It is not until I experimented with this exercise that I started to really understand mono printing and it’s benefits. I felt that the only way to grasp this technique was by trial and error. I was drawn by Henry Matisse works but until this point in the course I hadn’t studied or made connections on why? What is it about his work that I find so interesting? What are the similarities in my work?. I have always enjoyed Henry Matisse works; the vibrant colours is the obvious connection. Looking at his work in more detail it is not just his interest in vibrant colour but his ability to simplify shapes and forms resulting in an abstract shape. When doing mono printing I felt it was very childlike and naive. My work has been described as childlike and naive so usually I try to go in a different direction to avoid that. It is not until doing this exercise that I have realised that I should let go of my “hang ups” and insecurities of my work being to simple, childlike,or naive. That was exactly what Matisse was aiming for so I almost feel like Matisse gave me permission to be “me” in my art.

Matisse described his latter work when doing cut outs as going back to basics, drawing with scissors, making collages by simplifying his subjects. Another connection my work has with Matisse is that I am also interested in the female form and faces. I don’t really know why apart from the fact that I find them beautiful.

Above: Henry Matisse cut out work fascinates me. I enjoy the vibrant colours and the way he transforms his subjects into simple forms resulting into abstract art. I also enjoy how some of his cut outs become big jigsaw puzzles.

So once I realised where my inspiration came from and what I was influenced by I embraced this exercise and used the image above ‘blue nudes’ to inspire me. I decided that I was going to investigate the female form and find ways of simplifying them. I was also inspired by a poem I read, I realised that my tutor had advised me to focus on words rather than quotes or poems but This poem was playing in my mind while doing this work.

This poem made me reflect on my thoughts about periods and femail forms. In my generation we hid anything that had to do with periods. Even when going to buy sanitary towels in my house we would call them “dudas” ‘can you buy me some dudas?’. We also used to hide our bodies and curves, embarrassed of them (very different to girls today who embrace their curves and bums). It sounds so ridiculous now! When working with young women and even when period poverty is something that is talked about on a day to day bases. I still jump when I hear adverts on the tv talking about periods openly. what does that say about me?. Most importantly I think textiles and art has had a lot to do with these subjects not being taboo any more. I think Tracey Emin was one of the first textiles artist to touch on subjects like female sexuality in her work but of course there are many others. I came across Erin.M.Riley who investigates internet culture through the historic art of weaving. She studies her body through selfies and weaves. She also weaves photographs that are sent to her via snapchat. I am fascinated by the contrast and how Erin has merged the tradicional method of weaving and a modern medium such as snapchat. It is this combination that makes Erin.M.Riley’s work so contemporary while also touching on subjects like women’s femininity and sexuality today. Her weaves range in scale and are very evocative.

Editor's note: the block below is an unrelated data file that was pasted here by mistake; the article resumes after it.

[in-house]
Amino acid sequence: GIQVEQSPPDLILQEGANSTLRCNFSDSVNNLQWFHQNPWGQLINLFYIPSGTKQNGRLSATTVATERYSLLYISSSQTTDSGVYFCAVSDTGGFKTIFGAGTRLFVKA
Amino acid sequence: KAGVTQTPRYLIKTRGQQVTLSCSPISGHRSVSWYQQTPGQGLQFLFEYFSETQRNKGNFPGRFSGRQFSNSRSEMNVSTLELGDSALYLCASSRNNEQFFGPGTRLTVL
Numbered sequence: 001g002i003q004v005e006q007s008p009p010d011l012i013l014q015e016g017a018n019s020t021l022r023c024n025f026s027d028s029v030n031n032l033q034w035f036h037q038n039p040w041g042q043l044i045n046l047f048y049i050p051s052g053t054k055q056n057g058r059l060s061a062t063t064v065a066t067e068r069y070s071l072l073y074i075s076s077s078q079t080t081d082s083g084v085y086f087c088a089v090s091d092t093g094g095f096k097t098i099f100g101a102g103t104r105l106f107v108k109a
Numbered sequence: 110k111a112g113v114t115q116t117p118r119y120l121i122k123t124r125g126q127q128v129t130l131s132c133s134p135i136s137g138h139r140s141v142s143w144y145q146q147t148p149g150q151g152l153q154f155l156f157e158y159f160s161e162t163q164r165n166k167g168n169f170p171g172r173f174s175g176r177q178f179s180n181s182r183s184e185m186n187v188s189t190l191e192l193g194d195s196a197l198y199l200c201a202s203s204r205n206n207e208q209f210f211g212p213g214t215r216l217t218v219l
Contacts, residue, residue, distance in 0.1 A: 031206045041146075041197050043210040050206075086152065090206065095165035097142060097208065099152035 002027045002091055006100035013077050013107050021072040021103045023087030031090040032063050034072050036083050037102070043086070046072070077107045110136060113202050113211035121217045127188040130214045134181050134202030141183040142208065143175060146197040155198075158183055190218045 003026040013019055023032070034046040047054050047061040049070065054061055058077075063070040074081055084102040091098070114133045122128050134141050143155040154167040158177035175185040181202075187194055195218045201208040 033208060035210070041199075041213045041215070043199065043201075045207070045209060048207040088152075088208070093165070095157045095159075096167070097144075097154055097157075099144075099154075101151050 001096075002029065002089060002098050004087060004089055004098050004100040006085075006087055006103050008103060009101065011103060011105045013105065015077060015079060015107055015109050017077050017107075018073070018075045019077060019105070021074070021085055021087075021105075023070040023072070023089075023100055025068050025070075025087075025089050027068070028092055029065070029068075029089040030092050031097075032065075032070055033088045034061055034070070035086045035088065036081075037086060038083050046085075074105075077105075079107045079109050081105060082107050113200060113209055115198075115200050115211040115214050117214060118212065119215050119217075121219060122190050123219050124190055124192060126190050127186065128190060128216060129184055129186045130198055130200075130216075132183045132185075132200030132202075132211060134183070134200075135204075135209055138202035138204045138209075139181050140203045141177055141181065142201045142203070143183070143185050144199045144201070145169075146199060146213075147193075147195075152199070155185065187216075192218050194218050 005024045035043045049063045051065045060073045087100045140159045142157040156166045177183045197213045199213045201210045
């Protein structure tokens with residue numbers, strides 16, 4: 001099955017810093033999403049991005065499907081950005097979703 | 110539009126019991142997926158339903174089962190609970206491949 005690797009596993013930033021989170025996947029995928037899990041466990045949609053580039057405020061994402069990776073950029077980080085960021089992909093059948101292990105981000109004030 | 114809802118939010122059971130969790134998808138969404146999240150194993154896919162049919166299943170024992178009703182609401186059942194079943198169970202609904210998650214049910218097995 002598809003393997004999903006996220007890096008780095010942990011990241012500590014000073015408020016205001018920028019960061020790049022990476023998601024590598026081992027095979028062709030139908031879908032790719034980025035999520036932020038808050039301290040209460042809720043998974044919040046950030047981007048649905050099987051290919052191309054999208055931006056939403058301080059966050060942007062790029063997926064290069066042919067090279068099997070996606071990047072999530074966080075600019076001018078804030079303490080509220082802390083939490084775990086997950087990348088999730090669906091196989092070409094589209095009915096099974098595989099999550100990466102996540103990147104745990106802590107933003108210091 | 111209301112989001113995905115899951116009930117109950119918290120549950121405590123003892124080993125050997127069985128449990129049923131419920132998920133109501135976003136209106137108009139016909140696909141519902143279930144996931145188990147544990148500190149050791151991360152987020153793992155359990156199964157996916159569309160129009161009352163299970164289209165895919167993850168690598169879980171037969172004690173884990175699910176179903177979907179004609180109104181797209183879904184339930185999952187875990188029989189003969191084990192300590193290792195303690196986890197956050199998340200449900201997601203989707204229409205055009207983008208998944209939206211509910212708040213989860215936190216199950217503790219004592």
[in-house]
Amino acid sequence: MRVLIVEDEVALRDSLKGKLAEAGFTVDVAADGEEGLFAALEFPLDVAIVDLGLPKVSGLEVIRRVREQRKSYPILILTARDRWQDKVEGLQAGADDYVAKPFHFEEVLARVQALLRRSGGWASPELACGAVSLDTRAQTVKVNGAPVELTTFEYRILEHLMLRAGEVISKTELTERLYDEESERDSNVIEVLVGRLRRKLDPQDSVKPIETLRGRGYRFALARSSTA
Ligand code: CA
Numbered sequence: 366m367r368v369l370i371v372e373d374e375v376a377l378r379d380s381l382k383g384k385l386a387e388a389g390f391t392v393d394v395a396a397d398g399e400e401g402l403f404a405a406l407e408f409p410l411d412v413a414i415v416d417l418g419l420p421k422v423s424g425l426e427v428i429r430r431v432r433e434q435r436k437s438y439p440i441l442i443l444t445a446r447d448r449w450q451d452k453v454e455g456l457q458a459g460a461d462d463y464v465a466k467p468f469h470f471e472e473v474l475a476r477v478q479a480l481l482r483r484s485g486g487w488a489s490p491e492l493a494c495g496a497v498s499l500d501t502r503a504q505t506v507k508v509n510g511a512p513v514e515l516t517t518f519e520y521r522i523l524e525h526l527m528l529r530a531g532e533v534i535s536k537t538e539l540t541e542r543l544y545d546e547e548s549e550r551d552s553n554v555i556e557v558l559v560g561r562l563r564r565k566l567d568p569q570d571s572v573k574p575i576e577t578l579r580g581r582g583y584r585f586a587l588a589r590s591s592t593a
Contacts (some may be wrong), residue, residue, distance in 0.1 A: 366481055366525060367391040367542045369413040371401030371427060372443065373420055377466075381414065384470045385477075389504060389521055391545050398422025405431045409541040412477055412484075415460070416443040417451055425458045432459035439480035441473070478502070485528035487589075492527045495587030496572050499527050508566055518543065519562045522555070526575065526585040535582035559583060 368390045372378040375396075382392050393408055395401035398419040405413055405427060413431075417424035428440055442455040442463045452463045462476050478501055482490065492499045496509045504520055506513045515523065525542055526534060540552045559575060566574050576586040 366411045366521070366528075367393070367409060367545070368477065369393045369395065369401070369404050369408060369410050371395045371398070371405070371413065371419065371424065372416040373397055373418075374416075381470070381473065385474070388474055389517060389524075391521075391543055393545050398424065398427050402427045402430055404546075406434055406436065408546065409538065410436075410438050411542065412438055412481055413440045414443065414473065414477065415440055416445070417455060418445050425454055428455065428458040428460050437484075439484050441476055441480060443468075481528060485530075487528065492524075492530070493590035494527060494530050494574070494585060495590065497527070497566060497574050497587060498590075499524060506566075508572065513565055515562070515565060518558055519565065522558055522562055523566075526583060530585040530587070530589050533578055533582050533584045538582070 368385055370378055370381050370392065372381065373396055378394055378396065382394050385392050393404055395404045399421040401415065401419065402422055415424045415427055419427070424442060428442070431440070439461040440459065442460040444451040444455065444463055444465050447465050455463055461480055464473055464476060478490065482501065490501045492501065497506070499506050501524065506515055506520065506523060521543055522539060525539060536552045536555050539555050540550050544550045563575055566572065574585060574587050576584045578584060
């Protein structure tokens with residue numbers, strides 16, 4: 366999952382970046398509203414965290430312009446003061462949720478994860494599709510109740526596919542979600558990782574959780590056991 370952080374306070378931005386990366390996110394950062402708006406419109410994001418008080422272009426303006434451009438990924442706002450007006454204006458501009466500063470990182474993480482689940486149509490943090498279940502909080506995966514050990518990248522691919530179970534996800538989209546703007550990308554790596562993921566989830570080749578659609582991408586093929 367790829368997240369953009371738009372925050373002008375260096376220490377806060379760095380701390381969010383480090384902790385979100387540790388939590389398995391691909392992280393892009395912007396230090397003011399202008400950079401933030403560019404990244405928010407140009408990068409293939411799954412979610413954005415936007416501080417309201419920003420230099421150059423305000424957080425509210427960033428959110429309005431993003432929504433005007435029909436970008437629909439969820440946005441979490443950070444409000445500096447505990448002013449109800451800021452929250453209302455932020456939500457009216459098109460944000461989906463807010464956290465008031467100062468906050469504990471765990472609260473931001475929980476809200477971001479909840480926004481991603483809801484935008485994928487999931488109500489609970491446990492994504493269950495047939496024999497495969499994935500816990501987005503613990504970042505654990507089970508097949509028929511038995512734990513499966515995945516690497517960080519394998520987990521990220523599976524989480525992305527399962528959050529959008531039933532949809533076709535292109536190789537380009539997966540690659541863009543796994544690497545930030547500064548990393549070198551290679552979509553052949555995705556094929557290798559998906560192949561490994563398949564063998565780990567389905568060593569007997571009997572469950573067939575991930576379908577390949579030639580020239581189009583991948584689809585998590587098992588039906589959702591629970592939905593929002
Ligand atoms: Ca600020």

So looking at these works have made me question my work and realise it is time to let go of my generation hang ups which are still influencing my art and although I may question some of the boldness of Erin.M.Riley I also respect and admire her honesty in her work. So with all of the above in mind I started to experiment with cut outs/stencils and mono printing.

Cutting out a drawing that I made of a female body I experimented with black poster paint. I placed my cut out stencil of my lady on top of my glass plate and rolled black paint all over it, then I took the stencil off and placed cartridge paper over it. I was interested in the simple lines and the marks that I achieved. It is true that there is smudges that can not be predicted or avoided but this gives the sample more interest. I enjoyed the results of the ghost print more than the first print. It has less paint and therefore the lines become clearer. I experimented with red paint inspired by the poem above. The result is softer which was a surprised to me as I thought it was going to be the opposite. I enjoy the fact that the paint has accumulated around the stencil and created some shadows.

I started to loosen up and explored the outcomes of what happened if I mixed the colours on the plate, almost like grading colour. I placed some black on one end of the page and green on the other and then mixed it together with the roller. The result is a deeper and interesting one. The body has become paler and it almost looks like porcelain. I enjoy the unpredicted markings on the background, these are always a surprise. I have cropped the image so it over spills of the page as I thought this composition worked better.